It was sleek. It was beautiful. And with all my soul I wanted it to be mine.

Unfortunately, there was the little matter of $800, which is what the brand new Fender Precision electric bass guitar was going to cost me. Actually, the bass itself was only about $300. The remaining $500 was for the thundering Fender Bassman amplifier that went with it. Sure, I could just hook up the new Precision to the wimpy little amp that I already had. But seriously, what’s the use of having a Fender electric bass if you can’t bring a little thunder with it?

So to me it was a package deal, and well worth emptying out my college savings account. Besides, I told my father, with all the money I’d be making with my band, I’d be able to replace the cash long before another tuition payment was due.

“But you’re not actually in a band,” Dad said.

“I know,” I said. “But with this great equipment, bands will be knocking down my door to sign me up.”

“Uh-huh,” Dad said with that maddeningly patient, condescending tone he usually reserved for toddlers and Democrats. “Well, you’re an adult now, and it’s your money. But if it were me, I might want to think about making the tuition payments first, and then using whatever is left over for the bassmaster.”

“Bassman,” I said tersely.

“Whatever,” Dad said. “You know, this wouldn’t be an issue if you hadn’t done so poorly your first year of college that they took away your scholarship.”

“I know,” I said, turning my face away from him so he couldn’t see me rolling my eyes. He hated it when I did that. But I hated it when he talked to me like I was a little boy. It made me just want to scream and hold my breath and stomp my feet and jump up and down. I especially hated it when I knew perfectly well that he was right.

For the next couple of days I plotted and schemed and connived every possible plan to pay my tuition and buy the musical equipment. I even asked my hero and greatest advocate, my big brother Bud, for a loan. But I think Dad anticipated that move and got to Bud first, because for the first and only time that I can remember, my brother turned me down.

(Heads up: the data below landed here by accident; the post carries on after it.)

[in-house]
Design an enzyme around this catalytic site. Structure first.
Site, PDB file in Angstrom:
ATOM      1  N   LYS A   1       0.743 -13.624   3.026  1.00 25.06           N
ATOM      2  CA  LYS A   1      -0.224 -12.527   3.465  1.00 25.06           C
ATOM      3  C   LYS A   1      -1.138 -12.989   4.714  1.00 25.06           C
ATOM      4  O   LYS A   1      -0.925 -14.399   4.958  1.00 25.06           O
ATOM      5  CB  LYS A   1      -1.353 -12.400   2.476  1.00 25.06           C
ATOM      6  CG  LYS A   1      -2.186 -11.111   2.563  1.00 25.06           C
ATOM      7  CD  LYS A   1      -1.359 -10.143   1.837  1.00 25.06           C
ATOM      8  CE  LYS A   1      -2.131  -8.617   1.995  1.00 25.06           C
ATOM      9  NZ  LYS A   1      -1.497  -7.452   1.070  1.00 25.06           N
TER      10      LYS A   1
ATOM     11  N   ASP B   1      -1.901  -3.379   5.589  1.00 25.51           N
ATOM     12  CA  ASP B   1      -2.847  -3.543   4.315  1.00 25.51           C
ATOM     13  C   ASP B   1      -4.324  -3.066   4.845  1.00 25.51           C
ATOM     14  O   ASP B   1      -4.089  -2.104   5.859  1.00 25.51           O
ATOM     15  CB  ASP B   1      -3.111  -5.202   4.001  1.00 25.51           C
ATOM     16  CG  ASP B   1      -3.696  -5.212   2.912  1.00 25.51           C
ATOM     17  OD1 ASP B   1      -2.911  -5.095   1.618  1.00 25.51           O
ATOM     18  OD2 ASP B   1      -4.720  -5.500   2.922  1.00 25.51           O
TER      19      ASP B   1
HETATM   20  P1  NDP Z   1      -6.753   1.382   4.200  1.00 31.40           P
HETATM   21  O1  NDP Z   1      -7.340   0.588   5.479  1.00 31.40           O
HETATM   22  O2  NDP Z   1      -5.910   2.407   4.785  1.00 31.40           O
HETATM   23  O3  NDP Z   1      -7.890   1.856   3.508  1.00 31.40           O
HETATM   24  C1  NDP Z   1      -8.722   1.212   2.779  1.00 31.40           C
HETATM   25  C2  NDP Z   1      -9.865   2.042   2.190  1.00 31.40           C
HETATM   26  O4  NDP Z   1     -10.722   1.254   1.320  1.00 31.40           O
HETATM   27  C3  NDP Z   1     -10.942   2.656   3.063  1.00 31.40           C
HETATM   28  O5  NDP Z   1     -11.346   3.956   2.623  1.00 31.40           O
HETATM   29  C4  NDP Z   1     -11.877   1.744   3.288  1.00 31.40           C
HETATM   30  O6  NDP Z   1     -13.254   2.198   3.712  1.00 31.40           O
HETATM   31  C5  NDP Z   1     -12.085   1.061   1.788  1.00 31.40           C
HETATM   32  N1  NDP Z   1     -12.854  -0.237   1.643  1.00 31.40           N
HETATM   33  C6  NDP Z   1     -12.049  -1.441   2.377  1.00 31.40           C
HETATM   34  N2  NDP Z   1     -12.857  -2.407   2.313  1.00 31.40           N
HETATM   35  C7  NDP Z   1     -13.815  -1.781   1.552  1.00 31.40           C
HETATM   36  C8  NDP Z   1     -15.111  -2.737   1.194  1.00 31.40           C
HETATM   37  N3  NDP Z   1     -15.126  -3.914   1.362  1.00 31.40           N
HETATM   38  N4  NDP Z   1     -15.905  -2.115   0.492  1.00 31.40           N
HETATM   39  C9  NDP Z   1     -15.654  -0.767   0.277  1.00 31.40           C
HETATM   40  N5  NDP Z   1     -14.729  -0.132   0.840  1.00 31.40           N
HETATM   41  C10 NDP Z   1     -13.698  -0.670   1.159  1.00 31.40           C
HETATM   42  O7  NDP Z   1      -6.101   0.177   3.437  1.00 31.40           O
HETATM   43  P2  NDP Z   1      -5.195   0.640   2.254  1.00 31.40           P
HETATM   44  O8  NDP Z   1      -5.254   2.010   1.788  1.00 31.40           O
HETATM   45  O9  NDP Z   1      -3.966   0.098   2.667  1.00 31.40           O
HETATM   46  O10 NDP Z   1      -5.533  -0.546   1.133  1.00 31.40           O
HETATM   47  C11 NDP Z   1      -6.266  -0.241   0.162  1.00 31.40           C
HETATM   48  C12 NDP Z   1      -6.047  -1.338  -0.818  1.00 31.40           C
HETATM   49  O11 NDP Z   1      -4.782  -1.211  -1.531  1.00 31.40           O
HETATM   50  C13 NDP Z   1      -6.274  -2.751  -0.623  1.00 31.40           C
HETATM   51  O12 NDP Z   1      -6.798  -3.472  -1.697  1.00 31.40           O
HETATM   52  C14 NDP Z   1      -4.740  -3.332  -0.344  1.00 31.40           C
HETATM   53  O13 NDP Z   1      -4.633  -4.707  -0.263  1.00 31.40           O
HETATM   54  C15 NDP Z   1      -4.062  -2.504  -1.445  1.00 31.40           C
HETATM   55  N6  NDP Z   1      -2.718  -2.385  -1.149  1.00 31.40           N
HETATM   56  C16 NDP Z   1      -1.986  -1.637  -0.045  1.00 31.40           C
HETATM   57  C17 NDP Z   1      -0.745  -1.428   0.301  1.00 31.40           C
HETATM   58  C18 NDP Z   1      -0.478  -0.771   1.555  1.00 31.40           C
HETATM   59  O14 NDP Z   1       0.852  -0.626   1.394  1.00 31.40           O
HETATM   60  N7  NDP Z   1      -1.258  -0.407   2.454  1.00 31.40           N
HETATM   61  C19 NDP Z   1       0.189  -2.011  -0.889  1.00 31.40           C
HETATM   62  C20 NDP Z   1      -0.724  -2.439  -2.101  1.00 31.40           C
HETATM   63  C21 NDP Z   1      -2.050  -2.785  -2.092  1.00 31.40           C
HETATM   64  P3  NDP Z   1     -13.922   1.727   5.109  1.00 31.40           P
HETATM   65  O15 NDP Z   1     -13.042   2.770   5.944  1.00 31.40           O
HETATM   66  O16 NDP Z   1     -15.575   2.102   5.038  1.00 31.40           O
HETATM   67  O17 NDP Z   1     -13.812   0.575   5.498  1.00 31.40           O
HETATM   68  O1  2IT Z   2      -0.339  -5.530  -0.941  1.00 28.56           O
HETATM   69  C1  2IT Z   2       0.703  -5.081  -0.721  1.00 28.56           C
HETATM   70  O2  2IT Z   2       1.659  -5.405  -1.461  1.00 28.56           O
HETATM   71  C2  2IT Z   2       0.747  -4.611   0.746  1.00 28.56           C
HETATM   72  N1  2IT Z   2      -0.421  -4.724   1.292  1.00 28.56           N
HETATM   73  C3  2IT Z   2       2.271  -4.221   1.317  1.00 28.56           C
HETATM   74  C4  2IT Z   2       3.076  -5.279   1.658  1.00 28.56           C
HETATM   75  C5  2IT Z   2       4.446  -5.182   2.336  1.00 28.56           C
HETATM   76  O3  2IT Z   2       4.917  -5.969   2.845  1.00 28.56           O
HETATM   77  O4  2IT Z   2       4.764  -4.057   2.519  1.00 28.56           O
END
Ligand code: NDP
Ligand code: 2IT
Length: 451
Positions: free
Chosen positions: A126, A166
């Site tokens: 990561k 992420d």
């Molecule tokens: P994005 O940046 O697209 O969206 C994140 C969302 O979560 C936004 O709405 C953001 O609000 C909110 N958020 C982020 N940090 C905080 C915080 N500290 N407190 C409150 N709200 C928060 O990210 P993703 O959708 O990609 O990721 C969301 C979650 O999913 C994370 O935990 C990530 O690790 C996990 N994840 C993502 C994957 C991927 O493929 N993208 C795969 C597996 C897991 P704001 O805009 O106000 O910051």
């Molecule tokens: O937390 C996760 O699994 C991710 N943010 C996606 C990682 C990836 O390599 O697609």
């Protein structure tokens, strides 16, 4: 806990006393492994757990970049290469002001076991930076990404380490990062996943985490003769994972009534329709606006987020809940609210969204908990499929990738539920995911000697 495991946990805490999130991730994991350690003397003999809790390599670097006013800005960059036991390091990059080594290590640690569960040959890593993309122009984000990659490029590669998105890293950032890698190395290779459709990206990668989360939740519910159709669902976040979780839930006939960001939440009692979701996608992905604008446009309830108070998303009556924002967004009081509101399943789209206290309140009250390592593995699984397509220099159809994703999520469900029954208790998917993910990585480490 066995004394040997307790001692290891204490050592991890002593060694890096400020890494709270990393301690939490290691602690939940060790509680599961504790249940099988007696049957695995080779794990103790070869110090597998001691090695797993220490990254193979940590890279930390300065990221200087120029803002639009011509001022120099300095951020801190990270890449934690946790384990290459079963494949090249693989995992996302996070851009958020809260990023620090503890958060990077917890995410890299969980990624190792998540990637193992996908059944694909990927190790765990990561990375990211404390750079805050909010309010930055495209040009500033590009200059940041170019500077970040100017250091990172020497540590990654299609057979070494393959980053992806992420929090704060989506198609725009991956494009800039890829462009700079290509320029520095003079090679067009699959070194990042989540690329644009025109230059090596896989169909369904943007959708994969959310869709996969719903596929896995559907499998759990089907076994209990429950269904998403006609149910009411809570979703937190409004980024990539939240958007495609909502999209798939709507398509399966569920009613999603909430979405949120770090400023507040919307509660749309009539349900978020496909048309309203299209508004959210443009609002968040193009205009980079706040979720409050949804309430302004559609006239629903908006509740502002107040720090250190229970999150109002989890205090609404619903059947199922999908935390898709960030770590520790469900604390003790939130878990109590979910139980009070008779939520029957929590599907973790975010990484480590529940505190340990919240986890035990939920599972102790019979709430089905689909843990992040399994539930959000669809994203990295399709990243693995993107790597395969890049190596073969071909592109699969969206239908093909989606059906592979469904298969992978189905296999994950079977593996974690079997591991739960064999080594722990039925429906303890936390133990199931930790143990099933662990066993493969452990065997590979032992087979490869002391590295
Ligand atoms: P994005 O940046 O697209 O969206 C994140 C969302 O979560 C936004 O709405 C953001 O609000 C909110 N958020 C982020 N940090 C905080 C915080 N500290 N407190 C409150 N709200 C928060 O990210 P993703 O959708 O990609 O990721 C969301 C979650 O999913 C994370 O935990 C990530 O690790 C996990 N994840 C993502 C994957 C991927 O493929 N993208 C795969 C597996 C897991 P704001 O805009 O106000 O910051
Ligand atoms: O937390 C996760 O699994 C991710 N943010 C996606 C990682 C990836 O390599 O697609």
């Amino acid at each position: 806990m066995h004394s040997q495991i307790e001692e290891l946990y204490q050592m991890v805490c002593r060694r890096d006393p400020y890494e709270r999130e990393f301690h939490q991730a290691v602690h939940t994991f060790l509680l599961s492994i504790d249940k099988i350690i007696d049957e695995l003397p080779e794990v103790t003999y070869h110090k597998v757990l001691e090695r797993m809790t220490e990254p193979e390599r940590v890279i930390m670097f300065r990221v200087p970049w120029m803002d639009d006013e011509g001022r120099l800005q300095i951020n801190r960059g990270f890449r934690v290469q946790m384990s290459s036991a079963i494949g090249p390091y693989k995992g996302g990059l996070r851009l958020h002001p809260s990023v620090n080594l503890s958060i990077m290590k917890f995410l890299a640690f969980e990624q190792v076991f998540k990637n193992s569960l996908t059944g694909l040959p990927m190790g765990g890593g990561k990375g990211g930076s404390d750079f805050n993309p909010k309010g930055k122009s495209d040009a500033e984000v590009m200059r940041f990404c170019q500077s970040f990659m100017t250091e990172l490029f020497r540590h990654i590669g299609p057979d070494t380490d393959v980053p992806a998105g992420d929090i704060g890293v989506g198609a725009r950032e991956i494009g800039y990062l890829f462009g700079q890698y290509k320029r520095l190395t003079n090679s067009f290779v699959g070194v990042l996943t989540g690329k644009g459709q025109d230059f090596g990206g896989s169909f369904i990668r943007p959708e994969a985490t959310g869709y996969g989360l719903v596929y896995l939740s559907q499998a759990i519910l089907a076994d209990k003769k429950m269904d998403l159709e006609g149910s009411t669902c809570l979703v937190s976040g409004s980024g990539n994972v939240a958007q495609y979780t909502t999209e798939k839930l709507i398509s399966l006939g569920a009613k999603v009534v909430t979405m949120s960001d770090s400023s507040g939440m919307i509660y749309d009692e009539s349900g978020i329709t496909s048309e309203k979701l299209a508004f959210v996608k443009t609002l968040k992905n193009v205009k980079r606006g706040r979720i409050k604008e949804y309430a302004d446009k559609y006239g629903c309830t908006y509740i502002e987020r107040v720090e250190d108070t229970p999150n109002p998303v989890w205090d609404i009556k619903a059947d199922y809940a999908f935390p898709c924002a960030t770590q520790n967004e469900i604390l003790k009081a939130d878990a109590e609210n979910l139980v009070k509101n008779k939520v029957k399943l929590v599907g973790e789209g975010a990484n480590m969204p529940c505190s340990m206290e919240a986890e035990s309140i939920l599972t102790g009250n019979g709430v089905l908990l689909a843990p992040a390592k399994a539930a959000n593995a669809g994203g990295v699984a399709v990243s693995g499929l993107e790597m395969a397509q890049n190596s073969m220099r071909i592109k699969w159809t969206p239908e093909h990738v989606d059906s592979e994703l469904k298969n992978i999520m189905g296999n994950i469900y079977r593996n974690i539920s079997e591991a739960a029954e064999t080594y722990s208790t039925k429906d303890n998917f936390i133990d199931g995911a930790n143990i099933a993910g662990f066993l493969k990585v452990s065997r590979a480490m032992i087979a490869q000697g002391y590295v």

Eventually I paid my tuition, promising myself that I would save up and buy the Precision bass and the Bassman amplifier as a Christmas present to myself. But tuition for winter semester was due around Christmas, and that left me a few bucks short of a Fender. So I adjusted my goal to buy the new equipment by the end of the school year, when I wouldn’t have another tuition payment due until the fall.

But something happened during winter semester: I fell in love. And love makes us do crazy things, like taking our savings and using it to buy engagement rings. In fact, my savings weren't enough for the wedding ring set my sweetheart, Anita, wanted. So I willingly — even happily and anxiously — sold the wimpy bass guitar and amplifier I already had to complete the investment.

And I didn’t think twice about it. Like Dad said, I wasn’t actually in a band.

I’ve been transported back to those days lately, as my youngest son, Jon, has wrestled with an uncannily similar decision in his own 21-year-old life. To be honest, it feels a little weird being on the other side of the discussion, and I’m surprised by how clear the view is from this perspective. But I’m not so old that I don’t remember how exasperatingly hard it can be to set aside what you want — what you really, really want — right now in favor of long-term goals and objectives, no matter how worthy and correct those goals and objectives may be.

Especially when right now is sleek and beautiful, and you want it with all your soul.

(To read more by Joseph B. Walker, please go to